Archive for the “meta-knitting” Category

I’ve had the idea for these cabled socks in my notebook for a while, and with the imminent completion of the Textured Socks, I wanted to start something new. I sketched out the overs and unders, decided which round would be the first one, and had a moment of pride for remembering that cables take up some of the fabric and make the socks fit more tightly. The general rule is to look at the row or round with the most cable crossovers, and add one stitch per crossover to the total amount. Since my usual socks are knit at 64 stitches, and these will have one round with eight crosses, I decided to start with 72.

Step One: Cast on 72 stitches, using the stretchy slipknot cast-on. Discover that the yarn is frayed to breaking. Slide 72 stitches off the needle; discard yarn.

Step Two: Grumble a little.

Step Three: Cast on 57 stitches before discovering another frayed spot. Slide 57 stitches off the needle; discard yarn. Inspect frayed end and decide that it doesn’t look nibbled, at least.

Step Four: Grumble a little more, using slightly stronger language. Ponder the options of either throwing the ball of yarn across the room, or bringing it home so that it can be rewound into a centre-pull ball, looking for more frayed spots along the way.

Step Five: Decide to try it once again. Cast on 72 stitches. Slide the next ten yards of yarn through fingers. Determine that there are no further frayed spots, and that the ball of yarn must have gotten pinched in a tote or something.

Step Six: Knit twenty rounds of k2, p2 ribbing. (Take some time, twelve rounds in, to wonder if a 1×1 twisted rib might not look better with the planned 3×1 ribbing for the sock. Decide that 2×2 is stretchier, anyway. Keep going.)

Step Seven: Ask boyfriend to mix a drink that matches the sock.

Step Eight: Choose a name for the new design. (It’s “Cabled Violets” for the moment, but it won’t stay that way forever. Suggestions are welcome!)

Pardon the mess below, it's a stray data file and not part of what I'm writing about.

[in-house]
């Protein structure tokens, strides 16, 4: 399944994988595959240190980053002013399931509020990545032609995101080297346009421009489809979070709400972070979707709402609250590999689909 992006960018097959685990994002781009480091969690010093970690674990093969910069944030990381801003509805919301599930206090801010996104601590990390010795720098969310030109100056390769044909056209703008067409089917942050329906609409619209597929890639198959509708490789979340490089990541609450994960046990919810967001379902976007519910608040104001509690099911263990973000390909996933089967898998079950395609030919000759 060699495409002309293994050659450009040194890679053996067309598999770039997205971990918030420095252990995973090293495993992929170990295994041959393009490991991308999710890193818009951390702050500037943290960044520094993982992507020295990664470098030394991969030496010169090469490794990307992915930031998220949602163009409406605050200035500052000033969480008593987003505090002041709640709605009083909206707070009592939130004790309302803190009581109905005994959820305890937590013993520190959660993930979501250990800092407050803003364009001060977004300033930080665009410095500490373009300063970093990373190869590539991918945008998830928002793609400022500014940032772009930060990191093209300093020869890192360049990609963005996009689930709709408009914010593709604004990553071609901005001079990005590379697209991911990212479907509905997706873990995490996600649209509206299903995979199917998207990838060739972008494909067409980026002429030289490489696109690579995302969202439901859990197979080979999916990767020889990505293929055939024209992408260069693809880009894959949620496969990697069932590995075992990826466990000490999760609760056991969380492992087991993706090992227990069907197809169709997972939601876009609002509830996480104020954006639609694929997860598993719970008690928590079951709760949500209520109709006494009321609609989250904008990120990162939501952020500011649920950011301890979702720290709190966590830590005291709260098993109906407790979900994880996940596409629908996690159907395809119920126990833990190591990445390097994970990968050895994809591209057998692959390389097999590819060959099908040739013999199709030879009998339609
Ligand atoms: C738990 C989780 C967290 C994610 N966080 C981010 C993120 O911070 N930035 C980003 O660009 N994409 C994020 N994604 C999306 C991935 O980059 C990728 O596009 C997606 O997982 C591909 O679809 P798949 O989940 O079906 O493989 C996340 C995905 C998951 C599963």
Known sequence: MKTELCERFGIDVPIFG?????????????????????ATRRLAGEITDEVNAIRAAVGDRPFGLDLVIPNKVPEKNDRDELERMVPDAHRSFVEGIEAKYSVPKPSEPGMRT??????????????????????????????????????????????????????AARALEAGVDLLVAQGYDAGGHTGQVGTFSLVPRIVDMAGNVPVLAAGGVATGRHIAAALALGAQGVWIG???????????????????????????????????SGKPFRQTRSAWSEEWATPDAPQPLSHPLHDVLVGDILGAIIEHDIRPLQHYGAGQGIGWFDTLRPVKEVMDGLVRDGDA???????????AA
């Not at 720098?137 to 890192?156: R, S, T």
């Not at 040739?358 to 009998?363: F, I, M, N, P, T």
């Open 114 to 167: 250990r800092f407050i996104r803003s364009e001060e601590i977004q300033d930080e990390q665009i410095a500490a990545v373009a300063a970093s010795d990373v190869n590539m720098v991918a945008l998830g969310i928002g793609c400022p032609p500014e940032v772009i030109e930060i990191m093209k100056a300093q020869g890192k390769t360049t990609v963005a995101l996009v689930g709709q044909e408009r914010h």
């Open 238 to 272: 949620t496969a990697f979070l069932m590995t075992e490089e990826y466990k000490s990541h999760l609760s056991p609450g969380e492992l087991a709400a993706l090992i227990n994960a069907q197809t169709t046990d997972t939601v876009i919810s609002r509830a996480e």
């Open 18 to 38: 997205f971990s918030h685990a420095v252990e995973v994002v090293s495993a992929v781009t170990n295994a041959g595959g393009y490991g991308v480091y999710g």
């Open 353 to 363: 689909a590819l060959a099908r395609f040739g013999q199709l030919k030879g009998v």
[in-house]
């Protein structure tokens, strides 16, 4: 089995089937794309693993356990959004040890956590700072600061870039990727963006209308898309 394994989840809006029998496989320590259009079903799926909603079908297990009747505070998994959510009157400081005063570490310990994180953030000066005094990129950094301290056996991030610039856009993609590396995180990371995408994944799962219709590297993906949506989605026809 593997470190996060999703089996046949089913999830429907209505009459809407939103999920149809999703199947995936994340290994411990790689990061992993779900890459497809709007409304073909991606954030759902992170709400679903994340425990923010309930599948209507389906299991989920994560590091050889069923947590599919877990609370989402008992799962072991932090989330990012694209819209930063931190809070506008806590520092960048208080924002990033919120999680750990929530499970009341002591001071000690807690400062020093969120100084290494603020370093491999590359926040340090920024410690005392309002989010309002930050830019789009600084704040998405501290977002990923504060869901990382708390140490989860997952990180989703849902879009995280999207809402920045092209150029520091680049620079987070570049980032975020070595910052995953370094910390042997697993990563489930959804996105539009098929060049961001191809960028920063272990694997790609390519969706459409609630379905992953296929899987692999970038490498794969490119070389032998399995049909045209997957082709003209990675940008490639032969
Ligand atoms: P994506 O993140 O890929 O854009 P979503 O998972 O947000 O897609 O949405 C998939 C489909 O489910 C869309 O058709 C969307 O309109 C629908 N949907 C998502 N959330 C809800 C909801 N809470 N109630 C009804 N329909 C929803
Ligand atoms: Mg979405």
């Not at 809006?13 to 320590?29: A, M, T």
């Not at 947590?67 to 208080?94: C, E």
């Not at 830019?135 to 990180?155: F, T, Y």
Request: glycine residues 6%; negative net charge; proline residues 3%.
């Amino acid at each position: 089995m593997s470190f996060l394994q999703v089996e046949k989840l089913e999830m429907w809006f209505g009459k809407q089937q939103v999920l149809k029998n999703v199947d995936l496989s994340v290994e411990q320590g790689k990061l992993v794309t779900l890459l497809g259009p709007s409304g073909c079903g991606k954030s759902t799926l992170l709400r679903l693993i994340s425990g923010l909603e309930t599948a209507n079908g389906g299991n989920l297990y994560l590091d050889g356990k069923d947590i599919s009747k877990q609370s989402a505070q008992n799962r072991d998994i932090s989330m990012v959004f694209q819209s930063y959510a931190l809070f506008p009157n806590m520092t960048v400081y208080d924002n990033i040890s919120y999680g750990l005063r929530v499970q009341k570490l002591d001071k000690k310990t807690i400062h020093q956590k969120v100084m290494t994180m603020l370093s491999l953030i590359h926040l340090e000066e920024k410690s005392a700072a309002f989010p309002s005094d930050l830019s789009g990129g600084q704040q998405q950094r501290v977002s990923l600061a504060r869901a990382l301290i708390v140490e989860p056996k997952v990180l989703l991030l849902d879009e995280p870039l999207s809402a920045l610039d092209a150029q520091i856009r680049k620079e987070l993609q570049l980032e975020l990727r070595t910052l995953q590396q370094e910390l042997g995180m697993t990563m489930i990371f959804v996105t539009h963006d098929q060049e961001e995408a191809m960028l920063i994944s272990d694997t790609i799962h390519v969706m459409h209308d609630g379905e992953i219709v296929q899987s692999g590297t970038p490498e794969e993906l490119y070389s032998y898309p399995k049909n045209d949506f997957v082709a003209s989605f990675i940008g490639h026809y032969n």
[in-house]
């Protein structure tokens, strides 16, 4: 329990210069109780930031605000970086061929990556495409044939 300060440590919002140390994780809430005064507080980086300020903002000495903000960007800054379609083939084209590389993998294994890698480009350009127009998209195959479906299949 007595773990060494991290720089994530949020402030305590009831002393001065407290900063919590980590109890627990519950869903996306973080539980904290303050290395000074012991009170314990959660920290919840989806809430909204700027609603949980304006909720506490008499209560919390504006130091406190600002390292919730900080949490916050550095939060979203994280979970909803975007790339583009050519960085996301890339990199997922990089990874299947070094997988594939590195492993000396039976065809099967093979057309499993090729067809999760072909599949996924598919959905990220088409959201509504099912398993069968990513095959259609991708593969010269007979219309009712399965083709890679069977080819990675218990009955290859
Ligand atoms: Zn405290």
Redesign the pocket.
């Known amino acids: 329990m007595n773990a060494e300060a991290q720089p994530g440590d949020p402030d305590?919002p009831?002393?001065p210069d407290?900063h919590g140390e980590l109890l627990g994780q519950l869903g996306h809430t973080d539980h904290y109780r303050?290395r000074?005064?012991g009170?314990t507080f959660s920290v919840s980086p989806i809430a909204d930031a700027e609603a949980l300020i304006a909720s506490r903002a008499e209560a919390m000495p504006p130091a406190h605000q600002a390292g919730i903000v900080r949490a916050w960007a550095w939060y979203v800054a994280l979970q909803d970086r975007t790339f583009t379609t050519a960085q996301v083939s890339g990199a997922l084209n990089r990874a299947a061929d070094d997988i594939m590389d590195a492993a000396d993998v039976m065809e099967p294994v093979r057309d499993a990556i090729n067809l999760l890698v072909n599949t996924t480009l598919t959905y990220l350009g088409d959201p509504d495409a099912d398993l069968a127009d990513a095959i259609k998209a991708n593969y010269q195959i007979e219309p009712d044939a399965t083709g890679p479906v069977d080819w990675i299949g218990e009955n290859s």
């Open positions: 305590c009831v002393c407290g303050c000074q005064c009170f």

Comments 1 Comment »

A very kind Raveler sent me a bit of their leftover yarn so that I could finish the Textured Socks. So finally, almost a year after I started them, they are done! Hooray!

I used the free Stanton pattern and just over one skein of Socks that Rock Lightweight in the Smokey Mountain Morn colourway. The pattern was well-written and easy to follow, though I made a few adjustments: lengthening the toe slightly and widening the heel turn. I chose to keep the stitch pattern down the back of the heel flap, but slipped the first stitch on every row to make picking up the gusset easier. The stitch pattern is quickly memorized, and gives a good all-over texture that adds interest to the spirals of this variegated yarn. It draws in a bit like ribbing, so these socks should fit snugly.

Apparently Socks that Rock Lightweight now comes in a larger skein than when I bought this yarn – 405 yards instead of 360. The price has gone up to match, but at least if I decide to use the yarn again, I’ll have a better chance of getting a whole pair of socks out of one skein.

One of the older, smaller skeins is still in my stash, in the “Moss Agate” colourway. If anyone wants to buy it from me, I’ll send it on. $23 includes shipping anywhere in the continental United States; I’ll have to do the math on postage to other countries. It’s quite pretty but now I know from experience that it just won’t make socks big enough for me.

Comments No Comments »

The pillow form arrived during the first weekend of the Tour, and I used some leftover handspun Jacob in a medium gray shade to crochet the two sides together. I’m really pleased with the finished product! My original thought had been to make a felted pillow, but I liked the feel of the fabric – and the size – so I just left it alone. It’s heavy and squooshy and comfortable, and looks great on the black leather couch – though its final home will probably be on the futon in my office. This project was fun from start to finish; I got a lot better at longdraw spinning and then it was such a good feeling to knit a quick and easy project with my own handspun yarn on big needles.

The first week of the Tour went well, and then I crashed – but I’ll write about that next time. Meanwhile, I’m playing yarn chicken with the socks I started last fall, and I think it’s a losing game. I’d anticipated this, so when I grafted the first toe shut I didn’t pull the stitches tight. If I have to rip out that toe for the extra yarn I will, and then both socks will be given contrasting purple toes. Not what I’d hoped for, but that’s how it goes sometimes.